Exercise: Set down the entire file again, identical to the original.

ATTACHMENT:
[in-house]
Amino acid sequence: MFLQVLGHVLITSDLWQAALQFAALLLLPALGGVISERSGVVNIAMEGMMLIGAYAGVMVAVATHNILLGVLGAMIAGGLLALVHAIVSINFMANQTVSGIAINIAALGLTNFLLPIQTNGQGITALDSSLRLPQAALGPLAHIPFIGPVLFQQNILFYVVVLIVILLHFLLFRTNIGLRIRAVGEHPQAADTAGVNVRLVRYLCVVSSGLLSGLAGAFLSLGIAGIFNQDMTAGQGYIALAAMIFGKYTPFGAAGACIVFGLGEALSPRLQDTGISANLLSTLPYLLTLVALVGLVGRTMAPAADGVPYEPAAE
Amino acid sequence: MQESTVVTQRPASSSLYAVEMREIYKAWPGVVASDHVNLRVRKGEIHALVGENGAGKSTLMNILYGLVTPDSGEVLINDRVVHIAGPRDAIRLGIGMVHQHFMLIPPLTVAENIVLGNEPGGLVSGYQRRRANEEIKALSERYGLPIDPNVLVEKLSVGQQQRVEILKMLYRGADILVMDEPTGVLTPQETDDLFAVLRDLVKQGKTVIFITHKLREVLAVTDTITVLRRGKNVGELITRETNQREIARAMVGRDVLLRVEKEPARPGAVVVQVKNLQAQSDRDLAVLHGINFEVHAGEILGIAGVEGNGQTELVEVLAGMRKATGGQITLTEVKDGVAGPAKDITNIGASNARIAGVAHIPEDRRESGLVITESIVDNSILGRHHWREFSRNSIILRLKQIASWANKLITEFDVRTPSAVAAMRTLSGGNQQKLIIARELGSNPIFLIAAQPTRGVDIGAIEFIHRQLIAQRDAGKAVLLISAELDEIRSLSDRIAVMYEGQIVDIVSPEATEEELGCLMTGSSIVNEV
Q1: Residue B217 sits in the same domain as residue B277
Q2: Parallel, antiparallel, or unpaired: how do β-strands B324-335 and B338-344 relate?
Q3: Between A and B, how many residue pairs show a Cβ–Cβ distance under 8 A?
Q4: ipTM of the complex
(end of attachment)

[in-house]
Amino acid sequence: MFLQVLGHVLITSDLWQAALQFAALLLLPALGGVISERSGVVNIAMEGMMLIGAYAGVMVAVATHNILLGVLGAMIAGGLLALVHAIVSINFMANQTVSGIAINIAALGLTNFLLPIQTNGQGITALDSSLRLPQAALGPLAHIPFIGPVLFQQNILFYVVVLIVILLHFLLFRTNIGLRIRAVGEHPQAADTAGVNVRLVRYLCVVSSGLLSGLAGAFLSLGIAGIFNQDMTAGQGYIALAAMIFGKYTPFGAAGACIVFGLGEALSPRLQDTGISANLLSTLPYLLTLVALVGLVGRTMAPAADGVPYEPAAE
Amino acid sequence: MQESTVVTQRPASSSLYAVEMREIYKAWPGVVASDHVNLRVRKGEIHALVGENGAGKSTLMNILYGLVTPDSGEVLINDRVVHIAGPRDAIRLGIGMVHQHFMLIPPLTVAENIVLGNEPGGLVSGYQRRRANEEIKALSERYGLPIDPNVLVEKLSVGQQQRVEILKMLYRGADILVMDEPTGVLTPQETDDLFAVLRDLVKQGKTVIFITHKLREVLAVTDTITVLRRGKNVGELITRETNQREIARAMVGRDVLLRVEKEPARPGAVVVQVKNLQAQSDRDLAVLHGINFEVHAGEILGIAGVEGNGQTELVEVLAGMRKATGGQITLTEVKDGVAGPAKDITNIGASNARIAGVAHIPEDRRESGLVITESIVDNSILGRHHWREFSRNSIILRLKQIASWANKLITEFDVRTPSAVAAMRTLSGGNQQKLIIARELGSNPIFLIAAQPTRGVDIGAIEFIHRQLIAQRDAGKAVLLISAELDEIRSLSDRIAVMYEGQIVDIVSPEATEEELGCLMTGSSIVNEV
Q1: Residue B217 sits in the same domain as residue B277
Q2: Parallel, antiparallel, or unpaired: how do β-strands B324-335 and B338-344 relate?
Q3: Between A and B, how many residue pairs show a Cβ–Cβ distance under 8 A?
Q4: ipTM of the complex